USAID | Notre Dame Global Development Fellow, Emily Maiden, is currently in Cape Town, South Africa conduting research for the Kellogg Institute for International Studies Varieties of Democracy Project. While conducting research at the University of Cape Town (UCT), Emily has had the opportunity to witness first-hand the #RhodesMustFall Movement launched by UCT students. Below is an excerpt from her entry, "Rhodes Must Fall" in her personal blog, where Emily reflects on the roots of the movement, and its implications.
Shortly before I arrived here in Cape Town, a group of students from the University of Cape Town (UCT) launched a protest movement called #RhodesMustFall, which was initially aimed at forcing the removal of a large statue of Cecil John Rhodes from UCT’s Upper Campus. This protest movement was just one of many over the years here at UCT and at other universities across the country aimed at removing images and statuary that are seen by many students to be enduring symbols of oppression, social injustice, and colonization.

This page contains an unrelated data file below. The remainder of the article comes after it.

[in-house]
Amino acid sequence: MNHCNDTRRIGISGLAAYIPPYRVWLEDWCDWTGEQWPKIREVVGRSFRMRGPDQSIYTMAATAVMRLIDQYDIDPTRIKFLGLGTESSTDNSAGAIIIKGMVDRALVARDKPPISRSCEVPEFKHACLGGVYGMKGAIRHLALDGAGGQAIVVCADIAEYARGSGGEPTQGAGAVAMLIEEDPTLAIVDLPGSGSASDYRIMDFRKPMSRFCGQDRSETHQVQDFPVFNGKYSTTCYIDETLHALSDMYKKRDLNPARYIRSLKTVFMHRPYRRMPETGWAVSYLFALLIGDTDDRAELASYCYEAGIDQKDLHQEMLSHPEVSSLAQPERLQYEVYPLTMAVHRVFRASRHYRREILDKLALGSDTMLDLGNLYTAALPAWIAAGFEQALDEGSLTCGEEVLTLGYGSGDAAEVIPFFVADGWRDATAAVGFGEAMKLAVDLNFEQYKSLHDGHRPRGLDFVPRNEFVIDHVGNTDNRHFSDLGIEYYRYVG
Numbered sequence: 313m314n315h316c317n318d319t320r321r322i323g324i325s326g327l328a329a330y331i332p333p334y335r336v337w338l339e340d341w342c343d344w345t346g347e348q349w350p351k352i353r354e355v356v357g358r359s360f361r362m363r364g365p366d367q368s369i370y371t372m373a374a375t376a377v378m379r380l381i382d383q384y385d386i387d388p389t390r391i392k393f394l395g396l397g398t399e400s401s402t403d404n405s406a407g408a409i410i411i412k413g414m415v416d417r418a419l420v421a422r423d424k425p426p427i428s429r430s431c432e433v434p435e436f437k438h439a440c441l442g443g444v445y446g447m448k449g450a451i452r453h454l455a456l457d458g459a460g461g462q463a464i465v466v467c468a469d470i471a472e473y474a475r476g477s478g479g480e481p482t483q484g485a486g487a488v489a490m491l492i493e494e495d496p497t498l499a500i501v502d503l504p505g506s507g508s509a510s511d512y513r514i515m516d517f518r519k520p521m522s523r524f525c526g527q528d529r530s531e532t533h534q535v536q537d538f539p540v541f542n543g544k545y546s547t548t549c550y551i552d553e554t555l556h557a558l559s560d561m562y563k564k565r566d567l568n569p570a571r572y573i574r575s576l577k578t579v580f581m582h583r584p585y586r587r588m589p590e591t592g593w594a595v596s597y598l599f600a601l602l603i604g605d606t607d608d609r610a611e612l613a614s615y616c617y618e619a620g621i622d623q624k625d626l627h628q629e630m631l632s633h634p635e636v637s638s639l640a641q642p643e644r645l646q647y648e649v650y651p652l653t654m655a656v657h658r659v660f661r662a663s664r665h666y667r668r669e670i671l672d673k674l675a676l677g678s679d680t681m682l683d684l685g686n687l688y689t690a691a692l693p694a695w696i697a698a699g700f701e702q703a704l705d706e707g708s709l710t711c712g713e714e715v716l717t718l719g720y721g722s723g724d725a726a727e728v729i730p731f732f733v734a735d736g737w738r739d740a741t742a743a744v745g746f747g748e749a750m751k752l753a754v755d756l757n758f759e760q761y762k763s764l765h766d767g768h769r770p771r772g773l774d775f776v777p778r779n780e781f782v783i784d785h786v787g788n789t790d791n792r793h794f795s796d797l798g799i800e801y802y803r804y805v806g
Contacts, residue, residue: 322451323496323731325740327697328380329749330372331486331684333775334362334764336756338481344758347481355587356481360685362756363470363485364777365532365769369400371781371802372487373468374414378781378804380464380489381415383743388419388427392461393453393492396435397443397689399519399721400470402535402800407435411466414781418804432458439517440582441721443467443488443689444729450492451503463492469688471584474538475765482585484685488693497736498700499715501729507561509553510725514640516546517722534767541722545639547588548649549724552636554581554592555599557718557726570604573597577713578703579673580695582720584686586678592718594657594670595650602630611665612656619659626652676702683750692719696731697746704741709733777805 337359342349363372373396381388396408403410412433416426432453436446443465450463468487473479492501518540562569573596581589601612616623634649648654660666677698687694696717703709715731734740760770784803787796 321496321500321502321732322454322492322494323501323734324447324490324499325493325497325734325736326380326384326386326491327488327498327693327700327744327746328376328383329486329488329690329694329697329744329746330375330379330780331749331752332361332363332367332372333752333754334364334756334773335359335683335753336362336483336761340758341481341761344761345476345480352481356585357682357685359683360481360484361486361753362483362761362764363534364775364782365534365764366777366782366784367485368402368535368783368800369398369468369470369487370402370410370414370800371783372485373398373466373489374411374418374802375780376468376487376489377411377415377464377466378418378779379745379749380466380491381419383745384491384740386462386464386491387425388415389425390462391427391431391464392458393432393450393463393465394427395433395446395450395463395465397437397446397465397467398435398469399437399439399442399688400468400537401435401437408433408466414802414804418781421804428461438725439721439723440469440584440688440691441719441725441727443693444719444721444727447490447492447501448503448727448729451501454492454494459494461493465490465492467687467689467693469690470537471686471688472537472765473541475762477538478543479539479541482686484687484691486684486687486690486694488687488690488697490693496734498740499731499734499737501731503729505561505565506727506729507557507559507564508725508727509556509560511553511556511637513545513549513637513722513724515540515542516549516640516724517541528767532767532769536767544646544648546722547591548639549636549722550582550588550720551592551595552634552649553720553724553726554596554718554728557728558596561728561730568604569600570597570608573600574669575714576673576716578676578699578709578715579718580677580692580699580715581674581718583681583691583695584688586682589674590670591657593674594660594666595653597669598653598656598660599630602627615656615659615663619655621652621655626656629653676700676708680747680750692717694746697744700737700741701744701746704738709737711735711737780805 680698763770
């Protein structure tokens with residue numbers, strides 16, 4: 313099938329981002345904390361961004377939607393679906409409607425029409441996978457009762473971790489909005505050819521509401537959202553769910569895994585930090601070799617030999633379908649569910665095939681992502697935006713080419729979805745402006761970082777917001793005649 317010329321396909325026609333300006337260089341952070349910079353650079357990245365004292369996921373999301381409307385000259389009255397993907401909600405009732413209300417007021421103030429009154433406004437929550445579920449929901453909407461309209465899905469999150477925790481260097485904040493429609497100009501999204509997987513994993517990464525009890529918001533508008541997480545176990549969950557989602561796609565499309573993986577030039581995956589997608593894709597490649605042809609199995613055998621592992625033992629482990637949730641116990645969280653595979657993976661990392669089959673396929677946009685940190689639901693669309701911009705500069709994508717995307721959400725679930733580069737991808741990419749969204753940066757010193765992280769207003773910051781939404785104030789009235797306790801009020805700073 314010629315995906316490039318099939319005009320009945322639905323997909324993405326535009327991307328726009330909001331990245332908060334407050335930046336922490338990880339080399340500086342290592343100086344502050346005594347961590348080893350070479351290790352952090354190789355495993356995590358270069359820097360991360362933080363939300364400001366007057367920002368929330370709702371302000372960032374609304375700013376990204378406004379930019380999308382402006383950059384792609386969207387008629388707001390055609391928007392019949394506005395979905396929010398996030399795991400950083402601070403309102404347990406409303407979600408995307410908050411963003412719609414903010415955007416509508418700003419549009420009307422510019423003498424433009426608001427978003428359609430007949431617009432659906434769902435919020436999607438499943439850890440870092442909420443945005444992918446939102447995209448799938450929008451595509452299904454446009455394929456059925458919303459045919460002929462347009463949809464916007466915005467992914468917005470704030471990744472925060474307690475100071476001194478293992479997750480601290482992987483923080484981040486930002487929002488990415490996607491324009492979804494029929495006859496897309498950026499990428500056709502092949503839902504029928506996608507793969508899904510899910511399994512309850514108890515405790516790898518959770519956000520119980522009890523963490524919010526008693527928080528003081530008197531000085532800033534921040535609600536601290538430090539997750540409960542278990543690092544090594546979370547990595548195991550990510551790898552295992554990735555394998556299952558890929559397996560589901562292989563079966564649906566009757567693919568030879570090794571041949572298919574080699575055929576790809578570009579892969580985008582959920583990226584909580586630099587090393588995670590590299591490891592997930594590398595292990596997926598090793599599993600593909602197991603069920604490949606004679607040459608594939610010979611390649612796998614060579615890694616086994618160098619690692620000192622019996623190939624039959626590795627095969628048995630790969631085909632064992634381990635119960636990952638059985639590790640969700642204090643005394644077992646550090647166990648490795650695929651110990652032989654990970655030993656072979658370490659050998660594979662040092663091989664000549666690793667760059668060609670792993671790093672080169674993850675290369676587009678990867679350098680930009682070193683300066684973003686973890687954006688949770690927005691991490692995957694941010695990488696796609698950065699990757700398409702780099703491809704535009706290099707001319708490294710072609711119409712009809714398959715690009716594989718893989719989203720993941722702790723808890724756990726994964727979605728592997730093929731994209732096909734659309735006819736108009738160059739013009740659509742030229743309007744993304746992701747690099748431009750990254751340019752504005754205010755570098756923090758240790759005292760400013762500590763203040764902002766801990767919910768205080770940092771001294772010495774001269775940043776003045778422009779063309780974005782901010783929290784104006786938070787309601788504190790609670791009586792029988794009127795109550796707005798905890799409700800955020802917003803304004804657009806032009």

First, who was Cecil J. Rhodes? Well, where do we even begin? According to his Wikipedia page, Rhodes was a “British businessman, mining magnate, and politician.” He was also an “ardent” believer in British colonialism. You may know him from the fact that he had an entire African colony named after himself, Rhodesia (now Zimbabwe and Zambia). You may know him as the founder of the internationally recognized De Beers diamond company (now famous for its monopolistic practices and for trading in blood diamonds). Or you may have heard of him for being the architect of the illustrious Rhodes Scholarship.